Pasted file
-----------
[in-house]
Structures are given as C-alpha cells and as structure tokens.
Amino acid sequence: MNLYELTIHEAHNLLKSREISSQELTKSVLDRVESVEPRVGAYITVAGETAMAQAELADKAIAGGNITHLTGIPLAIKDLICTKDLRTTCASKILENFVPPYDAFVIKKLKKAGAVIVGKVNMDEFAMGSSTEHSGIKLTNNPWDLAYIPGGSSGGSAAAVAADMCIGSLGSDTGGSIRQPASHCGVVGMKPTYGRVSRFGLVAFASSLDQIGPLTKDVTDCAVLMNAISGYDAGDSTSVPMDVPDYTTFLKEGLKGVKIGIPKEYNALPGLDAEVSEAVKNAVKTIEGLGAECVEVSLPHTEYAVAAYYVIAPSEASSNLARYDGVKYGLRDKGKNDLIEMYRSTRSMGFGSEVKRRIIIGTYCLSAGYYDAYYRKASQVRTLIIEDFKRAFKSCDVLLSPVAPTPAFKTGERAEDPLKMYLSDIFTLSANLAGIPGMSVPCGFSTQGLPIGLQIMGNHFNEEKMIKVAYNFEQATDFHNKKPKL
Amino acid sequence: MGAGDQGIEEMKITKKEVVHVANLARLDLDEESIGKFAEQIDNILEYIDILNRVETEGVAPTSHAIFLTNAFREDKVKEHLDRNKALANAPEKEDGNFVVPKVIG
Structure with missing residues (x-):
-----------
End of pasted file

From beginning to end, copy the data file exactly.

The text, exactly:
[in-house]
Structures are given as C-alpha cells and as structure tokens.
Amino acid sequence: MNLYELTIHEAHNLLKSREISSQELTKSVLDRVESVEPRVGAYITVAGETAMAQAELADKAIAGGNITHLTGIPLAIKDLICTKDLRTTCASKILENFVPPYDAFVIKKLKKAGAVIVGKVNMDEFAMGSSTEHSGIKLTNNPWDLAYIPGGSSGGSAAAVAADMCIGSLGSDTGGSIRQPASHCGVVGMKPTYGRVSRFGLVAFASSLDQIGPLTKDVTDCAVLMNAISGYDAGDSTSVPMDVPDYTTFLKEGLKGVKIGIPKEYNALPGLDAEVSEAVKNAVKTIEGLGAECVEVSLPHTEYAVAAYYVIAPSEASSNLARYDGVKYGLRDKGKNDLIEMYRSTRSMGFGSEVKRRIIIGTYCLSAGYYDAYYRKASQVRTLIIEDFKRAFKSCDVLLSPVAPTPAFKTGERAEDPLKMYLSDIFTLSANLAGIPGMSVPCGFSTQGLPIGLQIMGNHFNEEKMIKVAYNFEQATDFHNKKPKL
Amino acid sequence: MGAGDQGIEEMKITKKEVVHVANLARLDLDEESIGKFAEQIDNILEYIDILNRVETEGVAPTSHAIFLTNAFREDKVKEHLDRNKALANAPEKEDGNFVVPKVIG
Structure with missing residues (x-):